Turkey’s President Erdogan announced early elections scheduled for June 24th on April 18th after Devlet Bahçeli, leader of the Nationalist Movement Party (MHP) and political ally of President Recep Tayyip Erdoğan, proposed it on April 17th. Presidential and parliamentary elections were scheduled for November 2019, after which the constitutional changes made in 2017 will take effect. ‘’The nation cannot wait until 2019 for the polls and the best time would be his year.’’ according to Bahçeli. Although Erdoğan has vowed in the past that the next elections would be held ‘’on time’’, it has been suspected for several months that Ankara wants a quick transition to an executive presidency.
The call comes amidst growing criticism from the opposition and the European Union over the state of emergency. On April 19th the parliament will vote to extend the emergency law for the seventh time. The state of emergency has been criticized as undermining Turkish democracy.
The next elections in Turkey will mark the transition from a parliamentary system to a presidential system of government. The constitutional changes will grant the next president unprecedented powers. The reforms will enable the president to appoint and fire ministers and top state officials, control the budget, issue decrees, and declare emergency rule. Parliamentary elections will be held every five years, instead of four, and at the same time as the presidential elections. Furthermore the office of prime minister will disappear and parliament will lose its right of interpellation.
The main opposition Republican People’s Party (CHP) has therefore called the upcoming elections the choice between a ‘’one-man regime’’ and ‘’rule of the people’’. Party leader Kemal Kılıçdaroğlu stated in reaction to the snap election, that his party is ready to meet the challenge of elections. Nonetheless the opposition is fragmented. The CHP hoped to form an election alliance, but so far none of the opposition parties were able to find common ground.
Without a united opposition it seems unlikely that Erdoğan will meet a real challenge in the presidential election. The AKP is currently riding a positive wave. The economy is booming, with a projected growth of 7% this year. In the realm of foreign policy, Turkey is also flexing its muscles. The Afrin operation in Syria is highly popular in Turkey. It is possible that Bahçeli thinks that the People’s Alliance can capitalize on this success with the elections this year.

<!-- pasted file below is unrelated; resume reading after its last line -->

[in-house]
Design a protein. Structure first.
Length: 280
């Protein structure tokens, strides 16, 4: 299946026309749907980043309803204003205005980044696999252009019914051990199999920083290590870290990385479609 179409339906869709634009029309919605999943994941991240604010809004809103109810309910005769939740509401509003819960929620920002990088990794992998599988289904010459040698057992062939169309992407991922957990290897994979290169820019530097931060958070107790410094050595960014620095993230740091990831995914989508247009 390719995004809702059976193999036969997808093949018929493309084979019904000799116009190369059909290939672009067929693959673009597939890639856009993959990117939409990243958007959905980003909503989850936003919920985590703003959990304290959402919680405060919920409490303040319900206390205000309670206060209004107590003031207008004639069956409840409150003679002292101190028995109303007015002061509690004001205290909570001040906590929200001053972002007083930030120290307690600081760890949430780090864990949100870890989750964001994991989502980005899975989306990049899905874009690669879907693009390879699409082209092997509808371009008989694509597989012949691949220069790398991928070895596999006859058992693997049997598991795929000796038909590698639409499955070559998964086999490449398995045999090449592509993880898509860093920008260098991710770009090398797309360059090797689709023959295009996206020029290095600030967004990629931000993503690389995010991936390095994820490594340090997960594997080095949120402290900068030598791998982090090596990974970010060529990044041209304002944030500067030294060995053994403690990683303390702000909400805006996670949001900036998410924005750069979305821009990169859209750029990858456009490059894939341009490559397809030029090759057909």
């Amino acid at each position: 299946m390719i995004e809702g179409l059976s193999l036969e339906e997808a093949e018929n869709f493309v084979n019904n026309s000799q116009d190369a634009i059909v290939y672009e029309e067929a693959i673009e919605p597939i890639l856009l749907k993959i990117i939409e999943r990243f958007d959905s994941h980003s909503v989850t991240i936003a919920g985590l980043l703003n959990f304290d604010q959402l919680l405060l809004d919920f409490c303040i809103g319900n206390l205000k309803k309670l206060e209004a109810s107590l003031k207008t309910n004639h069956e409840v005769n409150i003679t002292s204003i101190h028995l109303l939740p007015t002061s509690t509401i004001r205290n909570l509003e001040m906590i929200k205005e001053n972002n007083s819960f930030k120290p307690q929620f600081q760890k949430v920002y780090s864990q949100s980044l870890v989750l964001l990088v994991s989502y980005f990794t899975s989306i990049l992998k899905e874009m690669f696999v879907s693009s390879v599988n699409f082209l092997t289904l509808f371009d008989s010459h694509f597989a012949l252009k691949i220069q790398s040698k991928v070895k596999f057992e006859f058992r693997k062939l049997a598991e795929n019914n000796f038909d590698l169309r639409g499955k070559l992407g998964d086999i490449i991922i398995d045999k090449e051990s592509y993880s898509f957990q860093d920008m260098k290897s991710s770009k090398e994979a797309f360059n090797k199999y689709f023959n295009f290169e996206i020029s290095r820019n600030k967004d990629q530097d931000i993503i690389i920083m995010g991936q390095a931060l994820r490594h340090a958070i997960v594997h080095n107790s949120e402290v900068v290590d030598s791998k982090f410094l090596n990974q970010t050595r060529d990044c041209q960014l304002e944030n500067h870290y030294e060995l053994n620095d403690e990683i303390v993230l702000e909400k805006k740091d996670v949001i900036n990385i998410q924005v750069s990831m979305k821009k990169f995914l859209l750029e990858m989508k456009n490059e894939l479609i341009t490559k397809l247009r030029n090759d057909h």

State of emergency
The call for early elections came just days before a vote that will prologue the emergency law that grants the government unprecedented power. Kılıçdaroğlu recently launched a campaign against the state of emergency that took effect after the 2016 Coup attempt. Under the emergency law the authorities have been able to arrest thousands of suspected members of what they call the Gulenist Terror Organisation (FETO). The CHP has stated that in the current political climate, elections wouldn’t be fair nor free.
In the annual EU enlargement report, published on April 17th, the European Commission also condemned the state of emergency. The Commission cited the 31 decrees that have been in effect under the emergency law as undermining ‘’certain civil and political rights, including freedom of expression, freedom of assembly and procedural rights.’’ It thus effectively concluded that elections in this environment would be undemocratic. The EU has been highly critical of Turkey’s political course of late. The constitutional amendments were deemed by the Venice Commission, Council of Europe’s body of experts in (constitutional) law, to be ‘’lacking sufficient checks and balances as well as endangering the separation of powers between the executive and the judiciary’’.